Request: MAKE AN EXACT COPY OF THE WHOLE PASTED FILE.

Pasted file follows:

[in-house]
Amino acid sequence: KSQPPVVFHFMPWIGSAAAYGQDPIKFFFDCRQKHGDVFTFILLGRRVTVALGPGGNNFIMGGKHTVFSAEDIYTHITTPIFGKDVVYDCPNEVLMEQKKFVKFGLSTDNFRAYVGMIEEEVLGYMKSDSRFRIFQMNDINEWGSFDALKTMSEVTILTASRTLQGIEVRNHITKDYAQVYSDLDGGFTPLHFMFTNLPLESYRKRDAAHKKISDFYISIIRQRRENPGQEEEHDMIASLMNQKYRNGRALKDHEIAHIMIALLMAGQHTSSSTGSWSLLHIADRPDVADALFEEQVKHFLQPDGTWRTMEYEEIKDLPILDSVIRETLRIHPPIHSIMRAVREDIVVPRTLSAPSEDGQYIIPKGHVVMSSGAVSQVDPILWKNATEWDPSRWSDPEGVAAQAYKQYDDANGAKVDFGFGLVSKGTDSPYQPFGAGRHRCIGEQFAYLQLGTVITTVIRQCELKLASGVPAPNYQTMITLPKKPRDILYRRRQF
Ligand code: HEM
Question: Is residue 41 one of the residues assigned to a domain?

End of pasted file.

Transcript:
[in-house]
Amino acid sequence: KSQPPVVFHFMPWIGSAAAYGQDPIKFFFDCRQKHGDVFTFILLGRRVTVALGPGGNNFIMGGKHTVFSAEDIYTHITTPIFGKDVVYDCPNEVLMEQKKFVKFGLSTDNFRAYVGMIEEEVLGYMKSDSRFRIFQMNDINEWGSFDALKTMSEVTILTASRTLQGIEVRNHITKDYAQVYSDLDGGFTPLHFMFTNLPLESYRKRDAAHKKISDFYISIIRQRRENPGQEEEHDMIASLMNQKYRNGRALKDHEIAHIMIALLMAGQHTSSSTGSWSLLHIADRPDVADALFEEQVKHFLQPDGTWRTMEYEEIKDLPILDSVIRETLRIHPPIHSIMRAVREDIVVPRTLSAPSEDGQYIIPKGHVVMSSGAVSQVDPILWKNATEWDPSRWSDPEGVAAQAYKQYDDANGAKVDFGFGLVSKGTDSPYQPFGAGRHRCIGEQFAYLQLGTVITTVIRQCELKLASGVPAPNYQTMITLPKKPRDILYRRRQF
Ligand code: HEM
Question: Is residue 41 one of the residues assigned to a domain?